On a mirror-like cliff, elevated above the water, on a tower of reflections and reverberations, there is a creature; a female figure, moving in time to howling sounds, sometimes sweet, sometimes demoniacal. In a constant state of transformation, she sometimes has two heads, sometimes four. Her arms double from two to four, growing out of her back or her legs. With her magical appearance, she lures drowning people to the top of her cliff, entices them to come closer. They pull themselves up out of the water, climb the walls, become part of her illusion, doubling over and distorting the surface of the cliff. Blinded by the attraction of the Najade, no one sees that the cliff begins to sink under the weight of the climbers. The rock sinks and throws all the drowning people back into the water, only to rise again to unreachable heights.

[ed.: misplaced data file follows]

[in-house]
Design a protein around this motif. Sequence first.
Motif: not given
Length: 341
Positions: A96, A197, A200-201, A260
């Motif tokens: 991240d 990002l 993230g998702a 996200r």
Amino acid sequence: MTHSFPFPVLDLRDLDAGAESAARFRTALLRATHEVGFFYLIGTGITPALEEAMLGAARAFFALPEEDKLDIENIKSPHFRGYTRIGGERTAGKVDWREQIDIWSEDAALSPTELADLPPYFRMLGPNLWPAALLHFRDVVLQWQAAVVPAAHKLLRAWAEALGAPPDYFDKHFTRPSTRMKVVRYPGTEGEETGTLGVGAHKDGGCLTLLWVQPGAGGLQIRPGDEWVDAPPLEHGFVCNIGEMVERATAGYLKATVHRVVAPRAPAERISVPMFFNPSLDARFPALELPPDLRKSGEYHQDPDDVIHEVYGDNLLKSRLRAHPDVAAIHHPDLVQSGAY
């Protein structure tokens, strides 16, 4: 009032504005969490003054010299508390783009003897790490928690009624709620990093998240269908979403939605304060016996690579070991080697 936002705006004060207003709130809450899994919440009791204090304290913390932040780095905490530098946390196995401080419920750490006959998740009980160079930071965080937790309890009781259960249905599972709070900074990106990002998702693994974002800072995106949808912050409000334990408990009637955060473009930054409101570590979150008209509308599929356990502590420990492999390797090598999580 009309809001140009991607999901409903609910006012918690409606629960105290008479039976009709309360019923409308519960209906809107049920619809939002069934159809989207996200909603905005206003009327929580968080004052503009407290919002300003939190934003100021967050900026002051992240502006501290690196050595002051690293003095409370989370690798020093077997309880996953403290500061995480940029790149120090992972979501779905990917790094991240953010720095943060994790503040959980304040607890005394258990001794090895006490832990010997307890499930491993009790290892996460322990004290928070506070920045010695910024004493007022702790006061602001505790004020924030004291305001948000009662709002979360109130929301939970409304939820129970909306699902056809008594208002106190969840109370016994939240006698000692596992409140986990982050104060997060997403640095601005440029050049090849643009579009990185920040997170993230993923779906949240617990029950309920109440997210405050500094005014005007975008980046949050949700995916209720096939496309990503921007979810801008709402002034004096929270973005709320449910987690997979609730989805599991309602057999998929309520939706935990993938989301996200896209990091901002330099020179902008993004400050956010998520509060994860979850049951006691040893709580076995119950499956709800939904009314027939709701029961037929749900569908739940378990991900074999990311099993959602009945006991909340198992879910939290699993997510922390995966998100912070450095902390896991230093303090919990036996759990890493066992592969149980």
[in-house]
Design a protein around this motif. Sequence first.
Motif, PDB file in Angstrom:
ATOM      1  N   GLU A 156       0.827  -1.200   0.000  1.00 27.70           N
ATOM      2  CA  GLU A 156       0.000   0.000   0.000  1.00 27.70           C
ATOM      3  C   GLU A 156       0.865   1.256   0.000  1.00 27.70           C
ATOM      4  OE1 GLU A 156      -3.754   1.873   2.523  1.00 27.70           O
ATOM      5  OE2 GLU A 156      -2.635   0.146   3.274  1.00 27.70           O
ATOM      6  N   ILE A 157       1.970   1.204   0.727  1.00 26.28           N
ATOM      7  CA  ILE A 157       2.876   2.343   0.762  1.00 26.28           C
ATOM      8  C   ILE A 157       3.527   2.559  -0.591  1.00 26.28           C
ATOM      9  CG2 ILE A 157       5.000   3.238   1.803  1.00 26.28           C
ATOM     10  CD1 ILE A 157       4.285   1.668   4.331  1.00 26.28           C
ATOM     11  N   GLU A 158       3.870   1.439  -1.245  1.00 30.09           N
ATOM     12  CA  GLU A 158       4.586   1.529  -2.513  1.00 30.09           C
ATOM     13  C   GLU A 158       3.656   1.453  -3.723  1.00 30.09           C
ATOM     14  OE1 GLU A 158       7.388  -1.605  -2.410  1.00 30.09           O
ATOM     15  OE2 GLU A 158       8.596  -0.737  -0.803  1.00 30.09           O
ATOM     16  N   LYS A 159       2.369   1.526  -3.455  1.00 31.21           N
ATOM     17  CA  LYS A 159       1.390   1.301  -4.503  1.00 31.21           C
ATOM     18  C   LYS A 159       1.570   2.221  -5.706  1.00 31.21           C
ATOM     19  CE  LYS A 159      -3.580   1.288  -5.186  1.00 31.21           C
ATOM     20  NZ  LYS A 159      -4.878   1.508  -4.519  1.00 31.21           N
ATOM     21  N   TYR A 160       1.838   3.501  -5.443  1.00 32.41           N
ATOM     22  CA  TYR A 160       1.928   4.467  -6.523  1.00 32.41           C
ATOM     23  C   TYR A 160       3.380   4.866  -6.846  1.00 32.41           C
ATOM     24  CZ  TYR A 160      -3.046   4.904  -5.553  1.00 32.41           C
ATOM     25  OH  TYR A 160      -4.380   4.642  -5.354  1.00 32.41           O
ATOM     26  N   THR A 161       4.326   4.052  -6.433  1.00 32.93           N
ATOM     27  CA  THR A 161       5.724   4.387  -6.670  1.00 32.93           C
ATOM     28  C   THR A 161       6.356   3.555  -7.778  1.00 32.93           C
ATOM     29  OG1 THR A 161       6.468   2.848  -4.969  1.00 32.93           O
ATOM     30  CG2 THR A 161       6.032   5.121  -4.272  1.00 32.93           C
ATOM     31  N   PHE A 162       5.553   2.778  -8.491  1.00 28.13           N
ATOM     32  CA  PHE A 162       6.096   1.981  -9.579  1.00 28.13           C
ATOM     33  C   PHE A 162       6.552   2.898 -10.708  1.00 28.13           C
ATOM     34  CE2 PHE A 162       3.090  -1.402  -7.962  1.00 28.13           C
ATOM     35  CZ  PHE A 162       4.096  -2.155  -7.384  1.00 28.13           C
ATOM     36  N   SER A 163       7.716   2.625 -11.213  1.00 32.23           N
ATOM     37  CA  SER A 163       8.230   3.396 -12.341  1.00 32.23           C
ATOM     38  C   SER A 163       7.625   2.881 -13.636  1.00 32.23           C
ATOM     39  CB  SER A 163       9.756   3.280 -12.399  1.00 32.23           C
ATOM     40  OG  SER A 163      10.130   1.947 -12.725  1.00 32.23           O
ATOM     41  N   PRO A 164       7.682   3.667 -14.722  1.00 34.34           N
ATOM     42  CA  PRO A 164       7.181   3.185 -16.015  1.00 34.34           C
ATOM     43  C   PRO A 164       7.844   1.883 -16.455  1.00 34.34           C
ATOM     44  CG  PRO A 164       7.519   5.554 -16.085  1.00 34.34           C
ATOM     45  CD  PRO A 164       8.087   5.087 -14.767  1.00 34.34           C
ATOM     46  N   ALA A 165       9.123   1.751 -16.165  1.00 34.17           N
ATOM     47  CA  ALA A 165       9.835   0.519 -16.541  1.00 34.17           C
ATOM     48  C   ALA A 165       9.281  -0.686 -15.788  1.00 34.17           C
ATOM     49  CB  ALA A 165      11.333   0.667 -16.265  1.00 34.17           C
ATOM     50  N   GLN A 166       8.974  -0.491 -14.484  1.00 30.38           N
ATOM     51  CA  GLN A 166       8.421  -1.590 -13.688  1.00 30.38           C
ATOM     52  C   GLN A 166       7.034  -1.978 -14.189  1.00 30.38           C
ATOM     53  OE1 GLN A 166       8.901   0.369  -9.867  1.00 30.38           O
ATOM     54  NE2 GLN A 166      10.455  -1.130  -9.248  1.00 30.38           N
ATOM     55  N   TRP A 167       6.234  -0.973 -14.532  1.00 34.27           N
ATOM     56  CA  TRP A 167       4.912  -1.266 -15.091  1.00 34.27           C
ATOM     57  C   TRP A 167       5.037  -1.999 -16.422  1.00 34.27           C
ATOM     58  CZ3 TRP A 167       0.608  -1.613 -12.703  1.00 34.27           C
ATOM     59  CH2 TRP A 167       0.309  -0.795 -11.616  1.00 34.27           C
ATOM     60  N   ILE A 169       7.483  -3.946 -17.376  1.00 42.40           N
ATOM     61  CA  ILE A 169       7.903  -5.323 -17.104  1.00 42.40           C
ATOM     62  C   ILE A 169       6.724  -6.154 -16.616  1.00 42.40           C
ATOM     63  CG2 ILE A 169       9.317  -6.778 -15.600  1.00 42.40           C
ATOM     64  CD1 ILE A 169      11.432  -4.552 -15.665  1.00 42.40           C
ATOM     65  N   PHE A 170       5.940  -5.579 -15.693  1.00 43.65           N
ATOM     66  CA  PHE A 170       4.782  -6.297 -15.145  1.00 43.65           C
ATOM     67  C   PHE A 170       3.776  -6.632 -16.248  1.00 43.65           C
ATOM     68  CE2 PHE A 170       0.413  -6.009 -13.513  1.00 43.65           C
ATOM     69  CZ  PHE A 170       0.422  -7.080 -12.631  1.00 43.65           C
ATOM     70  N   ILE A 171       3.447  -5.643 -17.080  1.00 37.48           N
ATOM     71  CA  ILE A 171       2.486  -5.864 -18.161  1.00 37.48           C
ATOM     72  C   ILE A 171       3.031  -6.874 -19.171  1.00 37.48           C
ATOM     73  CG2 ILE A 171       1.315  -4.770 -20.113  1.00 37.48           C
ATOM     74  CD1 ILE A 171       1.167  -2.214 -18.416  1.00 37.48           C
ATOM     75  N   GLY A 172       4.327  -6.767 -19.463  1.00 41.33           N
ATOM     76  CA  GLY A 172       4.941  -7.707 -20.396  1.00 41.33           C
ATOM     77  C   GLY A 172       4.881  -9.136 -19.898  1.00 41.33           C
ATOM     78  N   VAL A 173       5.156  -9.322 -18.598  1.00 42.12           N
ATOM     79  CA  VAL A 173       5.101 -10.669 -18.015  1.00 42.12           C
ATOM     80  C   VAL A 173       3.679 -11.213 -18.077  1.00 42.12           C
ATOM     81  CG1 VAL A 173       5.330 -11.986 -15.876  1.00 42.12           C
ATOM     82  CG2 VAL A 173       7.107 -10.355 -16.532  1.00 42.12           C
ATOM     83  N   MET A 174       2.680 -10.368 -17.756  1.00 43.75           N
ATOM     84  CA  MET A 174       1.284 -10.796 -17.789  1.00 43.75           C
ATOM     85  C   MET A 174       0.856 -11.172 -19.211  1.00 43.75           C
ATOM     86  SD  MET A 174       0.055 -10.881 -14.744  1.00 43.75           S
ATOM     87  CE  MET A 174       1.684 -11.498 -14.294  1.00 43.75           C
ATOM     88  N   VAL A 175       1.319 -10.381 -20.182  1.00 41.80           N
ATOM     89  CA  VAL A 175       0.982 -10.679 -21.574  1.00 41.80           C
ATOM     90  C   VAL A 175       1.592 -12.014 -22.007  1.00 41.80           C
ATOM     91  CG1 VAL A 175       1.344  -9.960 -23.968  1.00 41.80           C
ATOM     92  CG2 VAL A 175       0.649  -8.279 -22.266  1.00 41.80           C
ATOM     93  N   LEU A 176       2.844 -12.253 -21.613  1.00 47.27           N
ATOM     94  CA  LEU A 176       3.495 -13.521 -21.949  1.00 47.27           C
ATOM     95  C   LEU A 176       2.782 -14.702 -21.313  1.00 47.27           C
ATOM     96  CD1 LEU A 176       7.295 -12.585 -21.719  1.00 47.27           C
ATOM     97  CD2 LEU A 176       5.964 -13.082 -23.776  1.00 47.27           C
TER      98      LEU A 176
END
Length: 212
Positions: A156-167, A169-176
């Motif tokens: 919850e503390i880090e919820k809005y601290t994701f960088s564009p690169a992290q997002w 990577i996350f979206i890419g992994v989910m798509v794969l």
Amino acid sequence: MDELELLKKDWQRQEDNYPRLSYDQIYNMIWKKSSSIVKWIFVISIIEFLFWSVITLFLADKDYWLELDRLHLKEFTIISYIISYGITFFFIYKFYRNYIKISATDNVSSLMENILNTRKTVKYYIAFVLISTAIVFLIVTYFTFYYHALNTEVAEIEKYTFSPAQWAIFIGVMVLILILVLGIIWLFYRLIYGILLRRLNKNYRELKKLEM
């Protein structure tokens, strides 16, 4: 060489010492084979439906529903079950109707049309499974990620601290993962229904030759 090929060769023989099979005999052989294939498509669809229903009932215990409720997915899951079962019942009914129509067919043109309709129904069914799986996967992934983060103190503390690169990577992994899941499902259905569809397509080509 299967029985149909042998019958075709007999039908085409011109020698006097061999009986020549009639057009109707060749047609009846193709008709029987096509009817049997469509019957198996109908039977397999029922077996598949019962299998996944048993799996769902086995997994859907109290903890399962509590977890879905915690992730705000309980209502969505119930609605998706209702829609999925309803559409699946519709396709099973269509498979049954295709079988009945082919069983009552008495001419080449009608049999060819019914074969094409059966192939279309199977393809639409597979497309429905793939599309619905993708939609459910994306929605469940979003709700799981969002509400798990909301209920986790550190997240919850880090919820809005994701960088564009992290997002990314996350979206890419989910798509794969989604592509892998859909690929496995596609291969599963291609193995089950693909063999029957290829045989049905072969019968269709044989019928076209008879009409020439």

On top of the cliff, Anna Zurkirchen and Celine Werkhoven dance, intertwined in a position where it is no longer clear which body part belongs to which person. Working with the doubling of mirrors, they are the embodiment of an alienated being who, dressed in distortions and illusions, performs a dance of seduction for the drowning people and the public on the quay. The choreography stems from Anna and Celine’s ongoing study into the embodiment of mythical figures and the (symbolic) use of mirrors in dance. The enchanting music is by Antonio Alemanno.